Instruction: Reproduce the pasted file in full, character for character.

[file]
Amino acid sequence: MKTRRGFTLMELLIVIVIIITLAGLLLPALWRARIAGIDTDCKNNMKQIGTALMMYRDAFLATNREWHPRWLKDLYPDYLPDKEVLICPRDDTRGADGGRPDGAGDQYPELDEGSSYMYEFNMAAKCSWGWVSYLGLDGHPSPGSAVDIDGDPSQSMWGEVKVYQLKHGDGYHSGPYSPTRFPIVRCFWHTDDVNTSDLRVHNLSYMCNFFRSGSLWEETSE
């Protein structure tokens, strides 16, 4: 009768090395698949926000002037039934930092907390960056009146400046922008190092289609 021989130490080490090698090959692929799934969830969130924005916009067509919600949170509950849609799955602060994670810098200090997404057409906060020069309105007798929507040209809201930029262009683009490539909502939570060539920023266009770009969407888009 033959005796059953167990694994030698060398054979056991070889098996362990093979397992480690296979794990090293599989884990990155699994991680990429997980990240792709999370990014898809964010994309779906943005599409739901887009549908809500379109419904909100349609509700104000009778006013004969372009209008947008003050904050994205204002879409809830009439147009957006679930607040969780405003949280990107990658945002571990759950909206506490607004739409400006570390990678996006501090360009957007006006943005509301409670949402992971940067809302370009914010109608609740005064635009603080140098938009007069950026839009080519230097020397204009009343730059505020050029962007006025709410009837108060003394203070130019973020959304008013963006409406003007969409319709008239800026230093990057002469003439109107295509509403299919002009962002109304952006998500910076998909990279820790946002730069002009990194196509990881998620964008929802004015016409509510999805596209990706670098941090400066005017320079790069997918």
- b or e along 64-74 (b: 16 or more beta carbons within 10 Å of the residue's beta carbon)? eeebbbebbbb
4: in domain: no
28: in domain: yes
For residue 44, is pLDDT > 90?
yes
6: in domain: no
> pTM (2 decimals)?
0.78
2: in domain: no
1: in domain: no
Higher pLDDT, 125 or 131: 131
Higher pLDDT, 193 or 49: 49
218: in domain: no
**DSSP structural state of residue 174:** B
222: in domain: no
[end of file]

Amino acid sequence: MKTRRGFTLMELLIVIVIIITLAGLLLPALWRARIAGIDTDCKNNMKQIGTALMMYRDAFLATNREWHPRWLKDLYPDYLPDKEVLICPRDDTRGADGGRPDGAGDQYPELDEGSSYMYEFNMAAKCSWGWVSYLGLDGHPSPGSAVDIDGDPSQSMWGEVKVYQLKHGDGYHSGPYSPTRFPIVRCFWHTDDVNTSDLRVHNLSYMCNFFRSGSLWEETSE
């Protein structure tokens, strides 16, 4: 009768090395698949926000002037039934930092907390960056009146400046922008190092289609 021989130490080490090698090959692929799934969830969130924005916009067509919600949170509950849609799955602060994670810098200090997404057409906060020069309105007798929507040209809201930029262009683009490539909502939570060539920023266009770009969407888009 033959005796059953167990694994030698060398054979056991070889098996362990093979397992480690296979794990090293599989884990990155699994991680990429997980990240792709999370990014898809964010994309779906943005599409739901887009549908809500379109419904909100349609509700104000009778006013004969372009209008947008003050904050994205204002879409809830009439147009957006679930607040969780405003949280990107990658945002571990759950909206506490607004739409400006570390990678996006501090360009957007006006943005509301409670949402992971940067809302370009914010109608609740005064635009603080140098938009007069950026839009080519230097020397204009009343730059505020050029962007006025709410009837108060003394203070130019973020959304008013963006409406003007969409319709008239800026230093990057002469003439109107295509509403299919002009962002109304952006998500910076998909990279820790946002730069002009990194196509990881998620964008929802004015016409509510999805596209990706670098941090400066005017320079790069997918």
- b or e along 64-74 (b: 16 or more beta carbons within 10 Å of the residue's beta carbon)? eeebbbebbbb
4: in domain: no
28: in domain: yes
For residue 44, is pLDDT > 90?
yes
6: in domain: no
> pTM (2 decimals)?
0.78
2: in domain: no
1: in domain: no
Higher pLDDT, 125 or 131: 131
Higher pLDDT, 193 or 49: 49
218: in domain: no
**DSSP structural state of residue 174:** B
222: in domain: no